From Erasmus Exchange to Ionic Liquids and Biomembranes

Joanna Witos Photo: Veikko Somerpuro

JOANNA WITOS

My Finnish adventure began in the autumn of 2006 and still continues today. However, let’s start from the beginning. I was born in Jasło, in a small town in South-east Poland, where I grew up and spent carefree childhood days playing volleyball. After realizing that volleyball is only for tall people, I became fascinated with science. To expand my particular scientific interests, I moved to Kraków to pursue a degree in chemistry at the Jagiellonian University. Due to the high competition in the labor market, I decided to raise my skills through participation in an Erasmus Exchange Program.

At first I was considering Turku as the destination, however after coming into contact with professor Marja-Liisa Riekkola and hearing a lot of good opinions about the University I decided to study here. During this period, I had a chance to be part of a well-established research group, and most importantly to conduct my first real research project dealing with bacterial biofilms. At this point I realized that research became my passion and that it would be my future career path. When the option to come and do my doctoral degree in Riekkola’s group appeared – I did not hesitate one moment.

Meanwhile, in June 2007, I got my M.Sc. degree in chemistry with specialization in analytical chemistry at the Jagiellonian University in Kraków, Poland. The main objective of the thesis was to develop an amperometric biosensor based on immobilization of enzyme in polypyrrole film. Having graduated, I moved back to Finland and pursued my doctoral studies. The major aim was to elucidate the biomolecular interactions that occur in extracellular matrix with the aid of atomic force microscopy, quartz crystal microbalance as well as capillary electromigration techniques. We also wanted to understand the significance of these interactions for atherosclerosis and diabetes.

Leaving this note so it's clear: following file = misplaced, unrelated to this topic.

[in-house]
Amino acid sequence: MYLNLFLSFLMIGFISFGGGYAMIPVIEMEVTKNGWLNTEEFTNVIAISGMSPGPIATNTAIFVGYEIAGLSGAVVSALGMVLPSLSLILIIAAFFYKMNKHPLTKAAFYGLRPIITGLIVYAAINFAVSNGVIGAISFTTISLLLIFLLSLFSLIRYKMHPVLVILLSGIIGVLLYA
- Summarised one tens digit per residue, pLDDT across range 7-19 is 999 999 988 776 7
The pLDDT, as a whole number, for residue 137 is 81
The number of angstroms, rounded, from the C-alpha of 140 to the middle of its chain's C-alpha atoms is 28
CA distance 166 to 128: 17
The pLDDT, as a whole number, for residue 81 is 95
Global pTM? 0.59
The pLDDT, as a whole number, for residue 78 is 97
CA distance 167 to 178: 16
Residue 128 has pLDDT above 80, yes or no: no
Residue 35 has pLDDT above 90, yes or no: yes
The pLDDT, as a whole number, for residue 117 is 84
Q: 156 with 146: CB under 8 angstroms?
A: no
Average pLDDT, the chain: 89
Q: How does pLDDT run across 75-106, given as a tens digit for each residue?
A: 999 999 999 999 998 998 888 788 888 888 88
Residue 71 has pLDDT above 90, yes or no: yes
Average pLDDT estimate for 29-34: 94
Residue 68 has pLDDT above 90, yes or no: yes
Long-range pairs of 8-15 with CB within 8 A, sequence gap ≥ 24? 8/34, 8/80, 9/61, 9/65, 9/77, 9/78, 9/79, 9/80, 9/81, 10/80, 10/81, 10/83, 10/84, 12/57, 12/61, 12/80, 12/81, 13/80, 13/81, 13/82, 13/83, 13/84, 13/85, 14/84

The main focus of the project is to shed light onto the impact of novel synthesized ionic liquids on phospholipid vesicles, acting as excellent artificial models for biomembranes.

During my doctoral studies I was also involved in another wonderful project: I gave birth to my two great sons, who have kept me busy ever since. Upon my return to work, I completed my doctoral degree and was kindly invited to join docent Susanne Wiedmer’s research group as a postdoctoral researcher. The main focus of the project is to shed light onto the impact of novel synthesized ionic liquids on phospholipid vesicles, acting as excellent artificial models for biomembranes. The use of ionic liquids in industrial processes has greatly enhanced, leading to the development of advanced and unique industrial applications.

Due to the possible health aspects related to their direct interaction with biomembranes, there is a strong interest to develop biosensing methods to evaluate the effect of ionic liquids on synthetic biomimetic systems. In this research, several techniques including nanoplasmonic sensing, asymmetrical flow field-flow fractionation, capillary electromigration techniques, and dynamic light scattering are applied for study in real-time the interactions between novel industrially relevant ionic liquids and phospholipid vesicles. The achieved results can be further utilized in the selection of ionic liquids for specific applications and to tailor-make low-toxicity ionic liquids. In addition, this leads to a better understanding of the harmfulness of ionic liquids

Orginally published @Chemistry News.